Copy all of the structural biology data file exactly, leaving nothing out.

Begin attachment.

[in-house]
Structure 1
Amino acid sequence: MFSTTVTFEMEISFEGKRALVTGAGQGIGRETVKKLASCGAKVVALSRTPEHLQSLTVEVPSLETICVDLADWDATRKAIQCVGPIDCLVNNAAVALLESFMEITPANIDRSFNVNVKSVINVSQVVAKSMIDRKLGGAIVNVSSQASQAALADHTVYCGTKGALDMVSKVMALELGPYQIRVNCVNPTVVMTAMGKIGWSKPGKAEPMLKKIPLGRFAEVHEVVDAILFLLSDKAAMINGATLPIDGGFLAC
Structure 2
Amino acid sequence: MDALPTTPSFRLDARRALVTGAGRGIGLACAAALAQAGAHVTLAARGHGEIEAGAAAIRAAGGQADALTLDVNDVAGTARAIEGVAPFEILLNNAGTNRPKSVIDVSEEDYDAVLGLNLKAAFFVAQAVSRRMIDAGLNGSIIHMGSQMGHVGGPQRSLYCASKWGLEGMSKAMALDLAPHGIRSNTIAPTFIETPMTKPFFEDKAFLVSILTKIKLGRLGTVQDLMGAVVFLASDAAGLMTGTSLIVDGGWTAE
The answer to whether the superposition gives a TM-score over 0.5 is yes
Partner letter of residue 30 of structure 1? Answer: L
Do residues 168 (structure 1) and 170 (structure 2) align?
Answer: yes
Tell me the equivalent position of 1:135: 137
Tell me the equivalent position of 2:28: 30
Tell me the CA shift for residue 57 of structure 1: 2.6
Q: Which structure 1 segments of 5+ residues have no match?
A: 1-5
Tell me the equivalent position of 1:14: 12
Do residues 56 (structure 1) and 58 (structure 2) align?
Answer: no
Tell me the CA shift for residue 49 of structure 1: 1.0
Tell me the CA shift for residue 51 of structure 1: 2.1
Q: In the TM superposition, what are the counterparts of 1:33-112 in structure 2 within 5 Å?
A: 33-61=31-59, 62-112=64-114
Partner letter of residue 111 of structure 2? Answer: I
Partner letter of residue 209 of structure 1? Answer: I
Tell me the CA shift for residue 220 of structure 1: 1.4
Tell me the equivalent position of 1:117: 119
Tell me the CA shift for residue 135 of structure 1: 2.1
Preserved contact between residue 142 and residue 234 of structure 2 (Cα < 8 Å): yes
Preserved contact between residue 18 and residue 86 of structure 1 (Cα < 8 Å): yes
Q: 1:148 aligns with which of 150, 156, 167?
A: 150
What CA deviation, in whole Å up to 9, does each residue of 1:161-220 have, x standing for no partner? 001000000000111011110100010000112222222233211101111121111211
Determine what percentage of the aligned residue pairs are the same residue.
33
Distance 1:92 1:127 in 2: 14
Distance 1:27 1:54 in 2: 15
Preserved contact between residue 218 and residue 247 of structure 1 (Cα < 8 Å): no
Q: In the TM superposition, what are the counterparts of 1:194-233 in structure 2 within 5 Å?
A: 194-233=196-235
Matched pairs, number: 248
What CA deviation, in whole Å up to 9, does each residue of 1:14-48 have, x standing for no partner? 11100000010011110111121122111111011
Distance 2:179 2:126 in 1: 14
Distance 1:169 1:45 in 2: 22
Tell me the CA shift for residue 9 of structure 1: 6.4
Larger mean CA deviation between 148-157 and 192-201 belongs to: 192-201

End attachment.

[in-house]
Structure 1
Amino acid sequence: MFSTTVTFEMEISFEGKRALVTGAGQGIGRETVKKLASCGAKVVALSRTPEHLQSLTVEVPSLETICVDLADWDATRKAIQCVGPIDCLVNNAAVALLESFMEITPANIDRSFNVNVKSVINVSQVVAKSMIDRKLGGAIVNVSSQASQAALADHTVYCGTKGALDMVSKVMALELGPYQIRVNCVNPTVVMTAMGKIGWSKPGKAEPMLKKIPLGRFAEVHEVVDAILFLLSDKAAMINGATLPIDGGFLAC
Structure 2
Amino acid sequence: MDALPTTPSFRLDARRALVTGAGRGIGLACAAALAQAGAHVTLAARGHGEIEAGAAAIRAAGGQADALTLDVNDVAGTARAIEGVAPFEILLNNAGTNRPKSVIDVSEEDYDAVLGLNLKAAFFVAQAVSRRMIDAGLNGSIIHMGSQMGHVGGPQRSLYCASKWGLEGMSKAMALDLAPHGIRSNTIAPTFIETPMTKPFFEDKAFLVSILTKIKLGRLGTVQDLMGAVVFLASDAAGLMTGTSLIVDGGWTAE
The answer to whether the superposition gives a TM-score over 0.5 is yes
Partner letter of residue 30 of structure 1? Answer: L
Do residues 168 (structure 1) and 170 (structure 2) align?
Answer: yes
Tell me the equivalent position of 1:135: 137
Tell me the equivalent position of 2:28: 30
Tell me the CA shift for residue 57 of structure 1: 2.6
Q: Which structure 1 segments of 5+ residues have no match?
A: 1-5
Tell me the equivalent position of 1:14: 12
Do residues 56 (structure 1) and 58 (structure 2) align?
Answer: no
Tell me the CA shift for residue 49 of structure 1: 1.0
Tell me the CA shift for residue 51 of structure 1: 2.1
Q: In the TM superposition, what are the counterparts of 1:33-112 in structure 2 within 5 Å?
A: 33-61=31-59, 62-112=64-114
Partner letter of residue 111 of structure 2? Answer: I
Partner letter of residue 209 of structure 1? Answer: I
Tell me the CA shift for residue 220 of structure 1: 1.4
Tell me the equivalent position of 1:117: 119
Tell me the CA shift for residue 135 of structure 1: 2.1
Preserved contact between residue 142 and residue 234 of structure 2 (Cα < 8 Å): yes
Preserved contact between residue 18 and residue 86 of structure 1 (Cα < 8 Å): yes
Q: 1:148 aligns with which of 150, 156, 167?
A: 150
What CA deviation, in whole Å up to 9, does each residue of 1:161-220 have, x standing for no partner? 001000000000111011110100010000112222222233211101111121111211
Determine what percentage of the aligned residue pairs are the same residue.
33
Distance 1:92 1:127 in 2: 14
Distance 1:27 1:54 in 2: 15
Preserved contact between residue 218 and residue 247 of structure 1 (Cα < 8 Å): no
Q: In the TM superposition, what are the counterparts of 1:194-233 in structure 2 within 5 Å?
A: 194-233=196-235
Matched pairs, number: 248
What CA deviation, in whole Å up to 9, does each residue of 1:14-48 have, x standing for no partner? 11100000010011110111121122111111011
Distance 2:179 2:126 in 1: 14
Distance 1:169 1:45 in 2: 22
Tell me the CA shift for residue 9 of structure 1: 6.4
Larger mean CA deviation between 148-157 and 192-201 belongs to: 192-201